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Because urgent care is a retail delivery model for healthcare, its growth trajectory has followed that of big box retail in the affluent suburbs of major cities. In the future, the greatest opportunities to grow urgent care will be found in new settings…rural and urban…but such will require some changes to the operating model. Industry expert Alan Ayers has more in this episode of “Just Checking In.”

Good afternoon! This is Alan Ayers and I am Just Checking In from Plain City, Ohio where I’m going to be speaking to you about urgent care growth opportunities.

So, next to me is one of the nation’s newest Costco stores – it opened about seven or eight months ago – and behind me is a new strip of big box retail that is opening adjacent to Costco. Costco came first, and then the big box retail followed Costco. Now, when we look at urgent care, urgent care is a retail delivery model for healthcare. So, what makes urgent care successful are the retail elements of neighborhood locations, extended hours, walk-in service, and an excellent patient experience. Well, if we consider urgent care retail, then it would stand to reason that the growth of urgent care would follow the same patterns as the rest of retail in the United States. Well, when Costco decided to build this new store and then the big box stores followed, it wasn’t for any reason. Retail follows rooftops and retail seeks after money. So, it’s no surprise that if you want to go shopping or find good shopping, you’re going to find better shopping in the affluent suburbs of cities like Chicago and Houston and Dallas than you will in rural areas or urban areas that are suffering economically.

Well, we’ve seen the same with urgent care. Urgent care being retail has followed rooftops and has sought out a patient base with private insurance and a patient base that places a time premium on convenience willing to pay a higher copay, but also understand their benefits. This tends to lead us to middle to upper income families living in suburbs of major cities.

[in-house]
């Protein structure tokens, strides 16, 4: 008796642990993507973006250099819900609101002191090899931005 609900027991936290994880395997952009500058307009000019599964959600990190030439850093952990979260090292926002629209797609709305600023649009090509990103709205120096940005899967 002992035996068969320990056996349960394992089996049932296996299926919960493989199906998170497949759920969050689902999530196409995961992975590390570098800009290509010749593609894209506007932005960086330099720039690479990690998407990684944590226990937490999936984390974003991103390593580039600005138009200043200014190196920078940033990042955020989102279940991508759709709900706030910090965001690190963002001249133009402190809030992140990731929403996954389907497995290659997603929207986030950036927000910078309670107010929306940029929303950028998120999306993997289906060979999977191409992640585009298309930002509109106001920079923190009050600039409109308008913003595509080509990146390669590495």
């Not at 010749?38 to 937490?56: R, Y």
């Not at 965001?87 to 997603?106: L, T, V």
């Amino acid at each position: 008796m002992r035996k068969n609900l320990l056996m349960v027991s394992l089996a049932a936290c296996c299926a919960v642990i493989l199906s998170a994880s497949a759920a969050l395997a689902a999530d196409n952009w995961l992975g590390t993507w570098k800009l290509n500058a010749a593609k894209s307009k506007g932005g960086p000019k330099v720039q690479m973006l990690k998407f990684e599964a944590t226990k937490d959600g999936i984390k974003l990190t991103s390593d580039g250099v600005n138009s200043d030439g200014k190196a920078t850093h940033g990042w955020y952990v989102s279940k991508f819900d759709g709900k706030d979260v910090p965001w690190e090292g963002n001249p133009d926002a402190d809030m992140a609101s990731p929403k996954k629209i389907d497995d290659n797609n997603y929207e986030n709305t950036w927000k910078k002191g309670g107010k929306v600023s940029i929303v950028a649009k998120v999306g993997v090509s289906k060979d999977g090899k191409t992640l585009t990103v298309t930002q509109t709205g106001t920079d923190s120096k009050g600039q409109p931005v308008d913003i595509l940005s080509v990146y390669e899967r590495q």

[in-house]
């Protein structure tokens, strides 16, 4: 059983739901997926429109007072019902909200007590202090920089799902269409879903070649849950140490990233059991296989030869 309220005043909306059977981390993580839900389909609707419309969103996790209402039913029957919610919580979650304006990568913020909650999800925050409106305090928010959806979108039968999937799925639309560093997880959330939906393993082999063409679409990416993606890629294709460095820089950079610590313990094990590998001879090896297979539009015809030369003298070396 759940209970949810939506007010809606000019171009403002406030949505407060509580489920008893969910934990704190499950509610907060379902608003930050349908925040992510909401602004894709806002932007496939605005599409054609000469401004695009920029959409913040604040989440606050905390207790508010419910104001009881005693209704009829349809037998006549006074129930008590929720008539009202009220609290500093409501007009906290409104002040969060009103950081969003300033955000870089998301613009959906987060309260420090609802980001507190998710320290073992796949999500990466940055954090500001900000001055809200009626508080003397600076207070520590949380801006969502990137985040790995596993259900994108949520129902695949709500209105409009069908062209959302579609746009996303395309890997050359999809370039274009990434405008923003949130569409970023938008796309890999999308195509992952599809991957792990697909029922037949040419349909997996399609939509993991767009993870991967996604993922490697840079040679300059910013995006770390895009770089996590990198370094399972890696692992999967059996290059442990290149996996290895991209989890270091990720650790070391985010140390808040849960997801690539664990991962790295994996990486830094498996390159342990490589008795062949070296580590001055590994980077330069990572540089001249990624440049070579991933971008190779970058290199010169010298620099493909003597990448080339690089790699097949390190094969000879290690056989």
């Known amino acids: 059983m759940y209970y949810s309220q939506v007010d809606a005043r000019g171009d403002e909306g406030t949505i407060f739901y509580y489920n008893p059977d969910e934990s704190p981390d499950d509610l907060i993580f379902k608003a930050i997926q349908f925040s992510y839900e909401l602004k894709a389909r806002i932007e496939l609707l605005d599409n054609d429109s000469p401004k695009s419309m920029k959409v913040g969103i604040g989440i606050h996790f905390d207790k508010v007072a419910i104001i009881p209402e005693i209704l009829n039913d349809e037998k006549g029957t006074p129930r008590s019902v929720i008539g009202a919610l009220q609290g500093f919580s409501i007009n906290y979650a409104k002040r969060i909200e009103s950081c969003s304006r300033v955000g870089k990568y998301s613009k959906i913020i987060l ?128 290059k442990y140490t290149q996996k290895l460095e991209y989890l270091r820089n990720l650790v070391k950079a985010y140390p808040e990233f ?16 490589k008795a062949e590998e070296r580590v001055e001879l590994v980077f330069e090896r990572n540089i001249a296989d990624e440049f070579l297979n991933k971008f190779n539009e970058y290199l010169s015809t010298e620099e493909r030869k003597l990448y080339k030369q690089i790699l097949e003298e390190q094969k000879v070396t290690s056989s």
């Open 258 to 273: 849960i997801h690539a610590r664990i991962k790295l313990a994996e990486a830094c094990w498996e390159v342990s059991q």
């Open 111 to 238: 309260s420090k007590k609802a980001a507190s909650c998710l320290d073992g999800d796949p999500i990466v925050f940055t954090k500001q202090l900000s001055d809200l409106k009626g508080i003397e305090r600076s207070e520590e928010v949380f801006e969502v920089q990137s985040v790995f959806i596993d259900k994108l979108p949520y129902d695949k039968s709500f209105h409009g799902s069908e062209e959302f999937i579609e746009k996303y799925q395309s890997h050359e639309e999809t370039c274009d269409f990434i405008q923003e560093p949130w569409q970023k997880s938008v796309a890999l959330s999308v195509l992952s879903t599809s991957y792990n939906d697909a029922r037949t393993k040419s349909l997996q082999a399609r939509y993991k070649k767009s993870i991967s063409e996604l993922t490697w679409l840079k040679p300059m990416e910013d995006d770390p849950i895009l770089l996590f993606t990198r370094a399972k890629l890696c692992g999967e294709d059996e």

So, if you follow retail and you follow urgent care, it should really be no surprise that we’ve seen the biggest growth in urgent care in the suburban markets of major cities – affluent suburbs of major cities like Dallas/Ft. Worth, Phoenix, and Miami. And also what we’ve seen is urgent care has grown, that these more desirable areas have become somewhat overcrowded. So, as we see saturation occur in major cities, that means that the opportunity for urgent care to grow remains in rural and urban markets. Now, expanding in rural areas and urban areas does present somewhat of a challenge in regards to payers. A center has to have a different business model, typically – using mid-levels – typically using a higher mix of primary care and typically accepting Medicaid, which you may not necessarily see in your conventional urgent cares that prospered in the affluent suburbs of major cities.

One example to look at is Fast Pace. Fast Pace has grown over forty centers in the state of Tennessee. Not one single center in the major cities of Nashville, Knoxville, Memphis, or Chattanooga, but rather targeting small towns that ironically are large enough to score a Walmart. And so if you look at the Fast Pace model in Tennessee – how they’ve developed a model staffed by APC’s, offering a mix of primary care, accepting Medicaid – they built a model that’s sustainable in secondary markets. Well, if you follow Walmart’s footprint – Walmart has over five thousand stores in the United States, approximately half of which are in rural areas. So, just following Walmart, the opportunity would be to grow urgent care by another 2,500-3,000 units in secondary markets just following Walmart. There are plenty of other opportunities, and even when we look at major cities it’s a bit misleading to talk about cities being over-saturated because using an analytical approach, there are still opportunities. It just means we have to be smarter about the markets we choose and the specific real estate we choose.

If you need assistance or would like to have a conversation about locating your urgent care, starting your urgent care – at Practice Velocity and Urgent Care Consultants we would love to speak with you. You can reach us using the contact information on your screen. Again, this is Alan Ayers and I am Just Checking In from Plain City, Ohio.

This resource was first published prior to the 2019 merger between DocuTAP and Practice Velocity. The content reflects our legacy brands.

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